Jane Grigson gives this recipe no introduction or explanation, but one can tell from the title that this was an old recipe. It consists of a tongue inside a boned chicken that covered in butter and baked. After a quick sift through the cookbooks, I found that it is adapted from a recipe of Hannah Glasse’s that appears in the 1774 book The Art of Cookery, and the original is a little more ostentatious:
‘Take a dried tongue, boil it till it is tender, the peel it; take a large fowl, bone it; a goose, and bone it…Put the tongue into the fowl; then season the goose, and fill the goose with the fowl and tongue, and the goose will look as if whole. Lay it in a pan that will just hold it, melt fresh butter enough to cover it, send it to the oven, and bake it an hour and a half…this will keep a great while, eats fine, and looks beautiful. When you cut it, it must be cut cross-ways down through, and looks very pretty…’
First of all you need to tackle your pickled ox tongue – you can buy these from your butcher pretty cheaply as I did this time, but you might want to have a go. I usually do this but the butcher didn’t have any fresh (which is understandable seeing as very few people buy them nowadays). Have a look at the post #150 How to Cure Meat in Brine for some guidance on this. Once pickled, you need to poach your tongue for 2 to 3 hours and then peel it. You don’t need to press it or anything, but see #258 Boiled Ox Tongue: To Serve Cold and #331 Boiled Ox Tongue: To Serve Hot for more information on this.
Next, bone a 5 to 7 pound chicken. This isn’t as difficult as you think. I’ve given instructions already on how to do this in the post #322 To Make a Goose Pye. In fact this is easier because the chicken can be first split down the back with poultry shears or a hefty knife. Of course, you could ask your butcher to do it – you might have to flutter your eyelashes a little though!
Now trim your tongue, cutting off the root to remove gristle and the front portion of the tongue so that it will fit snugly within the cavity of the bird.
Before you fit it, make a spice mix from the following: a teaspoon each of ground black pepper, ground mace and ground cloves plus ½ a freshly-grated nutmeg and a level dessert spoon of sea salt.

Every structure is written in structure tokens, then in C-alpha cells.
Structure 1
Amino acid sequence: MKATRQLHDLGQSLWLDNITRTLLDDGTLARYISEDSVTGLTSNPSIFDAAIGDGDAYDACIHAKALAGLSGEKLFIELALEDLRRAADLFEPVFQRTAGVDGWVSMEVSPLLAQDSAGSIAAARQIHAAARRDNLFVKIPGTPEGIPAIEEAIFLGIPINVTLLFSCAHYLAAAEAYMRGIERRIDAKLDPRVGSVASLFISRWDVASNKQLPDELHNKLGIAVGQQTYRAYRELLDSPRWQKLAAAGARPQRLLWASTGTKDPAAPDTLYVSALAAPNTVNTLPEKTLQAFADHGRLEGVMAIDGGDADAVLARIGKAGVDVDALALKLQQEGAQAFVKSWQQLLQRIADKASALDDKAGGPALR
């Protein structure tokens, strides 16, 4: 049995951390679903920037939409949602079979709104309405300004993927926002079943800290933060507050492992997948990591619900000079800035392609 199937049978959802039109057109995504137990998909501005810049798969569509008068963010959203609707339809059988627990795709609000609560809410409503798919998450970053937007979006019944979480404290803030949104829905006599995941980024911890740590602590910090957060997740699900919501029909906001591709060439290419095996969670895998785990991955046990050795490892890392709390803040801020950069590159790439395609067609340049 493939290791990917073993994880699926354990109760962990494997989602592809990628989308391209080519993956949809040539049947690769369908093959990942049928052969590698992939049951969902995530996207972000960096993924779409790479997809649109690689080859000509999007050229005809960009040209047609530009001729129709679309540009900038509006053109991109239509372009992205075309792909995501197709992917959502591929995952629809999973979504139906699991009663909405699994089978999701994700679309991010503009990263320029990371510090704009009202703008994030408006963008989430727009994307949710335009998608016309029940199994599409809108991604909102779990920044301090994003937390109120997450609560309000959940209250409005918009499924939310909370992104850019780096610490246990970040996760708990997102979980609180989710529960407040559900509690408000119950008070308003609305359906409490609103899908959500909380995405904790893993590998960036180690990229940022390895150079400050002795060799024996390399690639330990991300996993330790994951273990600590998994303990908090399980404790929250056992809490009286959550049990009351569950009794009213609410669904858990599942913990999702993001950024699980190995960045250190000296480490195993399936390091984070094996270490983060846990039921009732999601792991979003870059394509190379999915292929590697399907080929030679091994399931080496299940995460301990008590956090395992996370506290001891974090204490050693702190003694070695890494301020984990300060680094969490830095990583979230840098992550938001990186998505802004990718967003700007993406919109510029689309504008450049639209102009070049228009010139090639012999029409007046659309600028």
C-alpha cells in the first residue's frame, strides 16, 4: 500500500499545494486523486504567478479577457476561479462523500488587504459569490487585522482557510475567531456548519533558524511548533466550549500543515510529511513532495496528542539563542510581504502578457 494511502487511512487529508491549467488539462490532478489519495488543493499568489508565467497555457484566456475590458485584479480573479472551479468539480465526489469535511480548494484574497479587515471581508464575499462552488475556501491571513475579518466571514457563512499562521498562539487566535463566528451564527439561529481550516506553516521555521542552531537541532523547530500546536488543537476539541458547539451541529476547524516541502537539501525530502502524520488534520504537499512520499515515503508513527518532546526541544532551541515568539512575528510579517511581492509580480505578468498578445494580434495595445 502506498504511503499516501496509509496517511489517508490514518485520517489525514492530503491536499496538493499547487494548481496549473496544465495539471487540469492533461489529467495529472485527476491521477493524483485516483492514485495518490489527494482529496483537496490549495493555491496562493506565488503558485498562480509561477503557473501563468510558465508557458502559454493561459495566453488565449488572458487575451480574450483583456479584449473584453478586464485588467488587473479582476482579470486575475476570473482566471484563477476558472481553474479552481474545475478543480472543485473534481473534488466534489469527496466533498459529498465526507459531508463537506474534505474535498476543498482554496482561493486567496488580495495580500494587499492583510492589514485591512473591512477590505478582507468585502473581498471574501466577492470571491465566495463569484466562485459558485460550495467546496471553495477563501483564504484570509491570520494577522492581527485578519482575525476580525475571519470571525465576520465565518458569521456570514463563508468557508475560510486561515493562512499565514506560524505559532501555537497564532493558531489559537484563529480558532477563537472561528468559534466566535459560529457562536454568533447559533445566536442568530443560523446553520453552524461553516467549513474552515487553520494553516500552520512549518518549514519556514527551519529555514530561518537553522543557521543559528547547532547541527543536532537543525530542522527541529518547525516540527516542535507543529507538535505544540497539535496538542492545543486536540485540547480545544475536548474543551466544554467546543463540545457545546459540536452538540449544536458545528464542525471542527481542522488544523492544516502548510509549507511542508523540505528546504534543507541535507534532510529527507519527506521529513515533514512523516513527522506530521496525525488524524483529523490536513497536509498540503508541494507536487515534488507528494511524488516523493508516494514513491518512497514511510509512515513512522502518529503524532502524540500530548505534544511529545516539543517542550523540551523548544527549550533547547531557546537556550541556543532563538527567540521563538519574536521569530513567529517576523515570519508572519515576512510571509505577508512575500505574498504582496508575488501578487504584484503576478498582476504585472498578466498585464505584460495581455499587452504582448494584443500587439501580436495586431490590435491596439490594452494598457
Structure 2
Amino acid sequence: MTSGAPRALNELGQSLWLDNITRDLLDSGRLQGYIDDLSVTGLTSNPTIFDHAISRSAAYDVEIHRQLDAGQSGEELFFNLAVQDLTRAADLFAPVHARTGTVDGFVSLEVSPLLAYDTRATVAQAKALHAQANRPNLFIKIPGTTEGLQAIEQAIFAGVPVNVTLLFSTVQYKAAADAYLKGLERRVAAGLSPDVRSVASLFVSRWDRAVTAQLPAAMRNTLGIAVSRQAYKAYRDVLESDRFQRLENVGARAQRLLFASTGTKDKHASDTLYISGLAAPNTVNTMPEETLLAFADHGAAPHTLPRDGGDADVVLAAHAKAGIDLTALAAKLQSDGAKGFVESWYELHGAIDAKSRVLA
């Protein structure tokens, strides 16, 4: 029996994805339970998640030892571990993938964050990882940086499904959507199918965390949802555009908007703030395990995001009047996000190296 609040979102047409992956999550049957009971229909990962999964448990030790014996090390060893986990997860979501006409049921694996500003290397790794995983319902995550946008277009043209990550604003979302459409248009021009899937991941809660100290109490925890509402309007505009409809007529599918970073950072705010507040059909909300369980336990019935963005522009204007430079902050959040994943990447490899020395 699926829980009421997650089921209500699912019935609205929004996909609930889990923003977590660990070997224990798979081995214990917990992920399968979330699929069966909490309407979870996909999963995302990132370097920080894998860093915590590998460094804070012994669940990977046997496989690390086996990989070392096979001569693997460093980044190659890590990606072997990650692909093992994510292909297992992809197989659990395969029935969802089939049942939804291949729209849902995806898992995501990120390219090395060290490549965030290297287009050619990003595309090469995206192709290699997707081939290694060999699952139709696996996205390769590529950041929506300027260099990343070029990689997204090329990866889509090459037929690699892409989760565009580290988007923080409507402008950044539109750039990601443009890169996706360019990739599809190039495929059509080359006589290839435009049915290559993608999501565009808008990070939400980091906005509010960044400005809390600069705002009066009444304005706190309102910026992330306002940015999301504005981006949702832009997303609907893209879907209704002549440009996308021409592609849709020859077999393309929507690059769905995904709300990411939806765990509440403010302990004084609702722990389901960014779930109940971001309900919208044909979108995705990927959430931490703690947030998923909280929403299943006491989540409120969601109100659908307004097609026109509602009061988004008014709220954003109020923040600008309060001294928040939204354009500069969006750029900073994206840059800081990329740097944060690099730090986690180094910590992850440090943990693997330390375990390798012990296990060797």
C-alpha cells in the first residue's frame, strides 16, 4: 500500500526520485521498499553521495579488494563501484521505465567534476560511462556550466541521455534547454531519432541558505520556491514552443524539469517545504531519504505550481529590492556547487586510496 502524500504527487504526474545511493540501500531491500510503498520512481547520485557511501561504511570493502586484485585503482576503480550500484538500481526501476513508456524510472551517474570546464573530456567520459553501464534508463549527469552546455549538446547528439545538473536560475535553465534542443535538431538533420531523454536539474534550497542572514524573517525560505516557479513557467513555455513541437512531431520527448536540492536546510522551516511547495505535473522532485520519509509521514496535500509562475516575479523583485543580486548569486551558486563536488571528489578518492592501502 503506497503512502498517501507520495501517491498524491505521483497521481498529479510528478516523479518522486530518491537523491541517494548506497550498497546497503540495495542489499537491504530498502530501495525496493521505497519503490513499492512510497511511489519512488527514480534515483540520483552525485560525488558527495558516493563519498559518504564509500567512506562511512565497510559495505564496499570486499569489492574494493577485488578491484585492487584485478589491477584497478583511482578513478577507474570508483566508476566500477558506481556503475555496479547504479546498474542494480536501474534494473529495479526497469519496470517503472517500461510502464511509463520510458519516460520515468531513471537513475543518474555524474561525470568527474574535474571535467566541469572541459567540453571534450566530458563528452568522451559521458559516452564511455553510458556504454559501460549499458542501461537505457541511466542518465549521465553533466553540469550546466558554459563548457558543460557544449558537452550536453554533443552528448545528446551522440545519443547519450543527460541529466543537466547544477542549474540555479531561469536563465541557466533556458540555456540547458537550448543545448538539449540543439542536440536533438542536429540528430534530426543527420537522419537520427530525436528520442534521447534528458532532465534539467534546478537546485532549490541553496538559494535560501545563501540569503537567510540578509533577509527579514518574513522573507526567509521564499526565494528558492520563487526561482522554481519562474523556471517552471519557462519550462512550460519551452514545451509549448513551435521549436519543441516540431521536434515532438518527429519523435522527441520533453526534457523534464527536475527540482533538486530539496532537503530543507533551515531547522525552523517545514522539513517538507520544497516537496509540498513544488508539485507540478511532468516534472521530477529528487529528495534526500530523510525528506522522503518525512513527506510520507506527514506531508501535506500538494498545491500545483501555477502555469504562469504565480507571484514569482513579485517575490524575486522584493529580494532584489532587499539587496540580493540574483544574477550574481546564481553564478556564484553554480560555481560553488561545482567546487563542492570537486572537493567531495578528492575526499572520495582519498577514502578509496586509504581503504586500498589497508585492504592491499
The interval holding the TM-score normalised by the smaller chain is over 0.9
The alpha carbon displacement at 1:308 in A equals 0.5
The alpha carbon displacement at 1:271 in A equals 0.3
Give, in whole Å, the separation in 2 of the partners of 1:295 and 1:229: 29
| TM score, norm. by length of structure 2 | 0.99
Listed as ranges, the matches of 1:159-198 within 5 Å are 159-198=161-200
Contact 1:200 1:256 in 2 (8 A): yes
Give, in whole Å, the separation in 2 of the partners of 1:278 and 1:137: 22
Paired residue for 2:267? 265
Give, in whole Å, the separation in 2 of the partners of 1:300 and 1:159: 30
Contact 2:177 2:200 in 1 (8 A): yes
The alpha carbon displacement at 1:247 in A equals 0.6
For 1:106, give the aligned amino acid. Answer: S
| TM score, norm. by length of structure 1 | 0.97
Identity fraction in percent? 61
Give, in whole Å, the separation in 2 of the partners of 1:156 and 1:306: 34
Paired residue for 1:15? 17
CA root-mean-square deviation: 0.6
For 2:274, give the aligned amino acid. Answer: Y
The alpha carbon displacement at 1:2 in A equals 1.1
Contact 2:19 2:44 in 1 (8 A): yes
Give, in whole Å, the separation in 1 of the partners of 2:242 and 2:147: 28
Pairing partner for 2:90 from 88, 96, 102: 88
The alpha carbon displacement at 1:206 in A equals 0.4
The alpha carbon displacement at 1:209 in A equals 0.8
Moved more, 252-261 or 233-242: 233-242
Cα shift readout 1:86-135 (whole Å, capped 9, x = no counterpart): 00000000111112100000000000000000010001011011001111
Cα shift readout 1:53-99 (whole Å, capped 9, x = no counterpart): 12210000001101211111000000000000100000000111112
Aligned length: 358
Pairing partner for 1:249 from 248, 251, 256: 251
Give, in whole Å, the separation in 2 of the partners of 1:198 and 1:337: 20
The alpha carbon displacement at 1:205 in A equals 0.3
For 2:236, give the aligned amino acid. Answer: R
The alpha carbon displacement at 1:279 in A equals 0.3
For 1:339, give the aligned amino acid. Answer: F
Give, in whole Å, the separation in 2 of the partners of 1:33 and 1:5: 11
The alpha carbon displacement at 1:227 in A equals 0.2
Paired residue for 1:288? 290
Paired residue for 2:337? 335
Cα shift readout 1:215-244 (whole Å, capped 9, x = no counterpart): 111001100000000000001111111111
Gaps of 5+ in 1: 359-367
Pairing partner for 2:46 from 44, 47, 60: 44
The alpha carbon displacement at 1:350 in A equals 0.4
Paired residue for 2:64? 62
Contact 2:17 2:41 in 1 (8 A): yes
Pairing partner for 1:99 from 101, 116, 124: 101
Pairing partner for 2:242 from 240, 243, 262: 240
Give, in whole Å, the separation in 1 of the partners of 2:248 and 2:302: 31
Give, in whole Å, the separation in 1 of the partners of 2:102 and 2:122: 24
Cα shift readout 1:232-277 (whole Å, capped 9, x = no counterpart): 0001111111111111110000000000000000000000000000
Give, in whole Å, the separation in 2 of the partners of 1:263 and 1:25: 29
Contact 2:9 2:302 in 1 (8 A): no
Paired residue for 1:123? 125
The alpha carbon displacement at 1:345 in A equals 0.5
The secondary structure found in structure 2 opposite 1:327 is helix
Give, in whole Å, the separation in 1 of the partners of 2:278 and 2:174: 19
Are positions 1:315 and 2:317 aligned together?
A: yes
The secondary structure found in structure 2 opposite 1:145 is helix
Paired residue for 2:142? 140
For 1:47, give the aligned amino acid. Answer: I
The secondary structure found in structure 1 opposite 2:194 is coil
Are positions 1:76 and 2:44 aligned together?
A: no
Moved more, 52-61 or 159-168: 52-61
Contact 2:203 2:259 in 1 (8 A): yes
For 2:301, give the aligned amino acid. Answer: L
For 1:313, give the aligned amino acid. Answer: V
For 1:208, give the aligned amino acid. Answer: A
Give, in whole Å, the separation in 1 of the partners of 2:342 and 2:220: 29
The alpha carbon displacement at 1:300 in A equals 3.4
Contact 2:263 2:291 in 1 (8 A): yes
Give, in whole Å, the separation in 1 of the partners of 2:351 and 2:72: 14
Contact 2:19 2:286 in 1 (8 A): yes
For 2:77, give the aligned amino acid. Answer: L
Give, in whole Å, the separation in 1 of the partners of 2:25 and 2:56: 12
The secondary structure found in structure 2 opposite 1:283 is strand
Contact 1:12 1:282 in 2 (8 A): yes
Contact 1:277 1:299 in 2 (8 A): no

Flip the bird over with the cut side facing you and rub in around two-thirds of the spice mix into the cavity, then place the tongue inside and wrap it in the chicken. Quickly but carefully turn the bird over to produce a surprisingly normal-looking chicken. Pop it into a close-fitting ovenproof casserole dish and rub in the remainder of the spices.
Now get on with gently melting the butter – the amount you need will depend upon how well the chicken fits into its pot. I needed four 250g packets of butter in all – that’s 2 ¼ pounds approximately. Once melted, pour it over the chicken so that it just covers it.
Pop on a lid and bake at 200⁰C (400⁰F); if your casserole is very full, as mine was, it’s a good idea to put a roasting tin on the floor of the oven as the butter will bubble hard. When it is bubbling and boiling, turn the heat down to 180⁰C (350⁰C) and bake until cooked through. After 45 minutes see if the chicken is cooked: use either a meat thermometer (the meat should be a temperature of 73⁰C, that’s 163⁰F) or a skewer and check for any pink juices. If it’s not quite done, bake for another 10 minutes before checking again.
When cooked, gingerly take the chicken out so it can drain on a rack and pour the butter and meat juices into a bowl. Let everything cool before boiling the butter up in a pan – however, make sure none of the juices go in. Put the chicken back in its pot and tip over the butter.
You need to leave chicken for at least 36 hours before slicing it and eating with wholemeal bread spread with the spiced butter. If you want to leave it longer than 36 hours, add more butter to fully cover the chicken.